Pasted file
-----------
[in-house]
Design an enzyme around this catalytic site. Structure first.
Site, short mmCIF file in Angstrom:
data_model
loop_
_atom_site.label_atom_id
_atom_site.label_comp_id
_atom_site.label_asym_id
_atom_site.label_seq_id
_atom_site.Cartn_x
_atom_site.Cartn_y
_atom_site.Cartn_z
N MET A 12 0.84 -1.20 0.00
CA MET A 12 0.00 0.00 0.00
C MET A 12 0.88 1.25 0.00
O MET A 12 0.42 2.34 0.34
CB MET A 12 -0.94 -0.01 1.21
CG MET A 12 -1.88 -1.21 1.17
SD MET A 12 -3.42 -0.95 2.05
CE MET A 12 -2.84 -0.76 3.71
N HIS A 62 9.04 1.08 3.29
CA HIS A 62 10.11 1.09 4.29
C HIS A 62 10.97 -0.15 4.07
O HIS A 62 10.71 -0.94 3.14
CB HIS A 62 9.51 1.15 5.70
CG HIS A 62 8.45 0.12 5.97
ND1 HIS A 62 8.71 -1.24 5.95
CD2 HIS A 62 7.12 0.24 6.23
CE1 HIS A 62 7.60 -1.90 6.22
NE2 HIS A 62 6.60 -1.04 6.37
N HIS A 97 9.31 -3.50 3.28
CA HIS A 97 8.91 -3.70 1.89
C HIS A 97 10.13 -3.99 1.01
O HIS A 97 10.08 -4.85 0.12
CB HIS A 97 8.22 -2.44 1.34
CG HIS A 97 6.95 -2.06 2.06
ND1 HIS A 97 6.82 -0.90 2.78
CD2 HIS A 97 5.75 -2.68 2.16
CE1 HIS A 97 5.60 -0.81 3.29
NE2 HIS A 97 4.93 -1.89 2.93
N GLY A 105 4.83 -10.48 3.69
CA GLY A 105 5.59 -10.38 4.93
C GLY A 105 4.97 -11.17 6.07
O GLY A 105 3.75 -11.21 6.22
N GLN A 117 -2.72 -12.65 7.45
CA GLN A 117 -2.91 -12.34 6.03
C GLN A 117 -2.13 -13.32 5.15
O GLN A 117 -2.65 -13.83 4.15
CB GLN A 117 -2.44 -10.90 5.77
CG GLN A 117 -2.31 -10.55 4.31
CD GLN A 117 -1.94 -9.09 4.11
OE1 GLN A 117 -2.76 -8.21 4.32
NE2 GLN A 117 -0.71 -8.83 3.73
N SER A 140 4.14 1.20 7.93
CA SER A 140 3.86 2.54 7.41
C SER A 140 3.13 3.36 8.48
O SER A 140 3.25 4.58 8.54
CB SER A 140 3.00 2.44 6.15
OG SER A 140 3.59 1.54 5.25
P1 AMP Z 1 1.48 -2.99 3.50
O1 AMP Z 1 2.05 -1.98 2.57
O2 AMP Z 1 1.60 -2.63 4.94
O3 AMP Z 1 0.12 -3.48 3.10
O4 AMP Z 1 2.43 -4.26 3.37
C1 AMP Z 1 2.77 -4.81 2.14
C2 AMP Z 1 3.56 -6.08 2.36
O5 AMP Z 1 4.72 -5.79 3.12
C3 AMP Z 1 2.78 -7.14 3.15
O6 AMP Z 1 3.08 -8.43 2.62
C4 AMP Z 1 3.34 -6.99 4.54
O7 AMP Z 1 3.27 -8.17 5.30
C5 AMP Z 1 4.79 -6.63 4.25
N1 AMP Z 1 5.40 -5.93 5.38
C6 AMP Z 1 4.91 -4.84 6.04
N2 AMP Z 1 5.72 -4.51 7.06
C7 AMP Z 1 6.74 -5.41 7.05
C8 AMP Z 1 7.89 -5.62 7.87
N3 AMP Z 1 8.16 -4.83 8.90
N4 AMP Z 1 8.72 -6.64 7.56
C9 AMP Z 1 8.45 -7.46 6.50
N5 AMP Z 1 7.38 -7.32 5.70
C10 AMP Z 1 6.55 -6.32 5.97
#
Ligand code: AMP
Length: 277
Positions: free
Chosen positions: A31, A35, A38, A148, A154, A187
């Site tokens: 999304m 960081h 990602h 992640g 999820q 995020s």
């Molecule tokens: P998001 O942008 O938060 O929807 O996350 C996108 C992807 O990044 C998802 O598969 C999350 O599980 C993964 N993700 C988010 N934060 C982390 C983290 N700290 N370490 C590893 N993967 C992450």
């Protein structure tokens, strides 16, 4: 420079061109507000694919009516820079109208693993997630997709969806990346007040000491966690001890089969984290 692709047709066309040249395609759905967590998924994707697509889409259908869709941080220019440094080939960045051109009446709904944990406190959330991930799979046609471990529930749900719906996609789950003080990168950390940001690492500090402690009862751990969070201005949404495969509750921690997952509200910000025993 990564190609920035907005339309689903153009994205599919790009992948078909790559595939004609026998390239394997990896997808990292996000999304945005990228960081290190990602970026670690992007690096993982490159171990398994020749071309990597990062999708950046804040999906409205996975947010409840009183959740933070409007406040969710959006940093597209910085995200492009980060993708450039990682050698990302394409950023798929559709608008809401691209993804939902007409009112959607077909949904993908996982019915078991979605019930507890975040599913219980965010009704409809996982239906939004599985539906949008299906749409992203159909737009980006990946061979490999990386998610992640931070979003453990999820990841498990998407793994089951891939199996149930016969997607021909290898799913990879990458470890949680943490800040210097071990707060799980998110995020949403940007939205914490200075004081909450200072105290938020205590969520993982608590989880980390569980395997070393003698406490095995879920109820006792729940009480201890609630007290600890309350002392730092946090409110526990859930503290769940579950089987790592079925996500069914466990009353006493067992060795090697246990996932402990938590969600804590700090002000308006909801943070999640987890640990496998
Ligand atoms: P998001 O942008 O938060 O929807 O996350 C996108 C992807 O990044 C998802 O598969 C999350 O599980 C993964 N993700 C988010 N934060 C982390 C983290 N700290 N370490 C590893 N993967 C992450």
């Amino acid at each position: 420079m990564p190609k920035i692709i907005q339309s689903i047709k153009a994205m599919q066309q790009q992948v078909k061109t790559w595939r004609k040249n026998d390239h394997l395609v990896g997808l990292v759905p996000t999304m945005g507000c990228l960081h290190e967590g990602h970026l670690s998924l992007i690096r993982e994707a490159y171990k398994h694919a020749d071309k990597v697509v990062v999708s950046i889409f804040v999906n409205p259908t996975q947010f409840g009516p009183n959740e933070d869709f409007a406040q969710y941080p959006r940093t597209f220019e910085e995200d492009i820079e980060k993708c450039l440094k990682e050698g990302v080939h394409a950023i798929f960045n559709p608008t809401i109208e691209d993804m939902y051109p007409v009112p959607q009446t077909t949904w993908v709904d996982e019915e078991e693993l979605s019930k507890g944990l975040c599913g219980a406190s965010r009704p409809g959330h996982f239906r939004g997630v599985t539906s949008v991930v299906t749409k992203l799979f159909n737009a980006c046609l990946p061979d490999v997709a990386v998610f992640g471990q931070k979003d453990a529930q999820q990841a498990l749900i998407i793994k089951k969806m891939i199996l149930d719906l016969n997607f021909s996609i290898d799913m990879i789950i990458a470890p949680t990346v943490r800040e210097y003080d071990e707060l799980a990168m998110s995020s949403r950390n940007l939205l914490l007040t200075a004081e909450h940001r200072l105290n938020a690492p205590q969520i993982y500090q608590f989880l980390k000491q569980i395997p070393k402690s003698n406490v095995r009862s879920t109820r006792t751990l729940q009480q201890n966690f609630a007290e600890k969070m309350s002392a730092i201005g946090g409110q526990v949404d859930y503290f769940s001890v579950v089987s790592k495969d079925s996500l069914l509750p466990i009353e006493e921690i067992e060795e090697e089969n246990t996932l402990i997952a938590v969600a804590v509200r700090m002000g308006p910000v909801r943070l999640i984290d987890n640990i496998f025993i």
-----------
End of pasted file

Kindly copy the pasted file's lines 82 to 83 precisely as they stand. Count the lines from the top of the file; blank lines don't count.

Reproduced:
C10 AMP Z 1 6.55 -6.32 5.97
#